Chronic low back pain is nothing other than low back pain that is prolonged over time or repeated periodically. It all starts with a first episode of low back pain that we had never had. We usually heal reasonably well from that first episode but after a while we fall. And every time we fall, it hurts more and lasts longer until it happens to us. What is happening? Let’s go see it.
Chronic low back pain is closely related to the lumbar muscles. And this is so for the following reason. When we do an injury to the lumbar spine, it causes us pain. This triggers a process in the body that causes the muscles that stabilize the lumbar spine to lose their strength and endurance capabilities. The main muscles that stabilize the lumbar spine are the muscles that are in the back area, they are the extensor muscles. They are muscles that jump from vertebra to vertebra, in such a way that when they contract they stabilize the whole area. It has been seen in numerous studies how this muscle weakens with low back pain episodes. It has also been seen how people with chronic low back pain clearly have a decrease in strength in these muscles compared to the healthy population.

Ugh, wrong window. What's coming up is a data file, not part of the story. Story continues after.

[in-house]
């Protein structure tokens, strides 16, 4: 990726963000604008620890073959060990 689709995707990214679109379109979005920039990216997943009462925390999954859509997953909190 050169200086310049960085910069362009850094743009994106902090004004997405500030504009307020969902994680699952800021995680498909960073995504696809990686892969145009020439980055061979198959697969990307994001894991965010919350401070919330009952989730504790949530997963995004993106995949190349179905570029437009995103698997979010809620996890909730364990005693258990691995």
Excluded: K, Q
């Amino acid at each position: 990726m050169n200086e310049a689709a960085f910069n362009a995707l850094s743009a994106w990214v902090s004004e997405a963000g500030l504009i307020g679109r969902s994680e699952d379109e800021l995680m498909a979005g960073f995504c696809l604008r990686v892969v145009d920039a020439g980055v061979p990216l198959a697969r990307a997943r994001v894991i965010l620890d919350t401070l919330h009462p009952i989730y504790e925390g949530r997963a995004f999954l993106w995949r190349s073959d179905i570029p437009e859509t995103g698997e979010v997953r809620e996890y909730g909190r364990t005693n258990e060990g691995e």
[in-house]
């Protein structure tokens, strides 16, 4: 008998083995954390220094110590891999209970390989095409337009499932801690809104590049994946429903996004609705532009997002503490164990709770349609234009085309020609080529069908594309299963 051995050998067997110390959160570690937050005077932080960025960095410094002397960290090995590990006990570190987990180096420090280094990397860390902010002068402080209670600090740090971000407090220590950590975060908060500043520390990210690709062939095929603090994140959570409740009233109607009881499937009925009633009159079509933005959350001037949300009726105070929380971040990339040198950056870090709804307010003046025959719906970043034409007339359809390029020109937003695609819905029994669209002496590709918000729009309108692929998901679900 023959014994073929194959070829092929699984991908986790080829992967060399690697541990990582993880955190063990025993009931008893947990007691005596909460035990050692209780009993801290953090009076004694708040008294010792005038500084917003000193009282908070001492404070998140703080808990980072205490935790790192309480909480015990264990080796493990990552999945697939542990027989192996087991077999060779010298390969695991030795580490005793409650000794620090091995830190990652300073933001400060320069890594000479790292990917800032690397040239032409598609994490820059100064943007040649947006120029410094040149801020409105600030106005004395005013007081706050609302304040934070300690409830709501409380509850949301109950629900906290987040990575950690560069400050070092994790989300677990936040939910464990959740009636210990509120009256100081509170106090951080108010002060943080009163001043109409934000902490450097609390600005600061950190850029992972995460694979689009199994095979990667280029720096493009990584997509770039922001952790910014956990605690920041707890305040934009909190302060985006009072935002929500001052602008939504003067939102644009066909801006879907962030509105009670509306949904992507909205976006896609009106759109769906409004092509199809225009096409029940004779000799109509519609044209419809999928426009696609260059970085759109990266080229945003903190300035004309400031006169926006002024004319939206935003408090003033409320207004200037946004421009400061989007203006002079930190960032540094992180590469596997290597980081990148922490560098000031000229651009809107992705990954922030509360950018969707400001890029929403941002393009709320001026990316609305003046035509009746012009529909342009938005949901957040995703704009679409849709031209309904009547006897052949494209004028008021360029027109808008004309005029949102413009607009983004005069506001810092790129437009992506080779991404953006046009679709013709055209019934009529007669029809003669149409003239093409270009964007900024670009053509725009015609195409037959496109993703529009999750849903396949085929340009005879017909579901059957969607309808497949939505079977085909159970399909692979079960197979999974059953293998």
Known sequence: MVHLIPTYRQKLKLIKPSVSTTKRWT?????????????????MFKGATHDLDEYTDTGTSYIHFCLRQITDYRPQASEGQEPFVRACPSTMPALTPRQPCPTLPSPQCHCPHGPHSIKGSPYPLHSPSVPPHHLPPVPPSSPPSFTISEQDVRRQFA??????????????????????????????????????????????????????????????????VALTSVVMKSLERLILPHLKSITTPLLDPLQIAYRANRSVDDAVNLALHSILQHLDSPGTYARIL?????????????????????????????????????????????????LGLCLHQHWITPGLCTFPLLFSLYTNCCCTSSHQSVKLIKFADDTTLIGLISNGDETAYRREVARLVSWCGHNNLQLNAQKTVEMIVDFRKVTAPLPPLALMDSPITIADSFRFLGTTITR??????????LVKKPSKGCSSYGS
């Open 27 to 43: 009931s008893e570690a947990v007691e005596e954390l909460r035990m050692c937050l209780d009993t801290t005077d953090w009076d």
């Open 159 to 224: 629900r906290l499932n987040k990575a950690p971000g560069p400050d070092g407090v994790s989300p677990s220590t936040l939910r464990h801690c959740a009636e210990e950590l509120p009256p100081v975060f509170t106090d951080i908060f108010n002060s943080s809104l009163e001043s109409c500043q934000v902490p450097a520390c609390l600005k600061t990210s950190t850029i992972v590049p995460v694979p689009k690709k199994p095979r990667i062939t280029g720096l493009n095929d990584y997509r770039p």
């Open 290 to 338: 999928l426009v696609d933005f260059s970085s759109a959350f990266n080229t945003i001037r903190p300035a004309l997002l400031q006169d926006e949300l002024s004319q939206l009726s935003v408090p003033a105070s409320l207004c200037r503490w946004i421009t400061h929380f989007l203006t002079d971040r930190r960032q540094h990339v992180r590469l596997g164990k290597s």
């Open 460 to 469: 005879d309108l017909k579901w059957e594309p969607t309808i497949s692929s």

It all starts with a first injury that causes two things:
1 – Damage is generated, such as a herniated disc or a ligament injury. This leaves an injury that does not have to cause problems but that “leaves scar”. If we have a bad gesture, we get fat or we are weak (due to illness or lack of exercise) we can cause that region to re-ignite. That is, we are going to have a little more ease to return to having low back pain.
Lumbar Musculature2 – We lose strength in the lumbar muscles. As we have commented, the lumbar extensor muscles (shown in the photo) become less strong and resistant. If we do not change this situation, we will have some ease to fall into the future. This will happen because we return to our habits without thinking much and sometimes our back will not be strong enough to endure it. Something as simple as taking a 40-minute walk with our dog can be an undue strain on a depleted lumbar muscle. And when the muscles are exhausted they will not hold us well. And if they do not hold the lumbar spine well, there will be abnormal movements that will rekindle the previously damaged areas and cause inflammation again.
Regardless of the injury we do to the lumbar spine, there is a risk of chronic low back pain. As can be deduced from everything discussed, there is a way to try to prevent this from happening. The good thing about the muscles is that we can work with exercise. If we think of other structures, such as a ligament, we have to trust it to heal properly, but with the muscle we have the opportunity to do something.
By properly training the right muscles, we will reduce this risk significantly. Even in cases where we do not avoid chronic low back pain, the low back pain that we are going to suffer will be much milder and will last less time. No doubt training the muscles is worth to live without pain.
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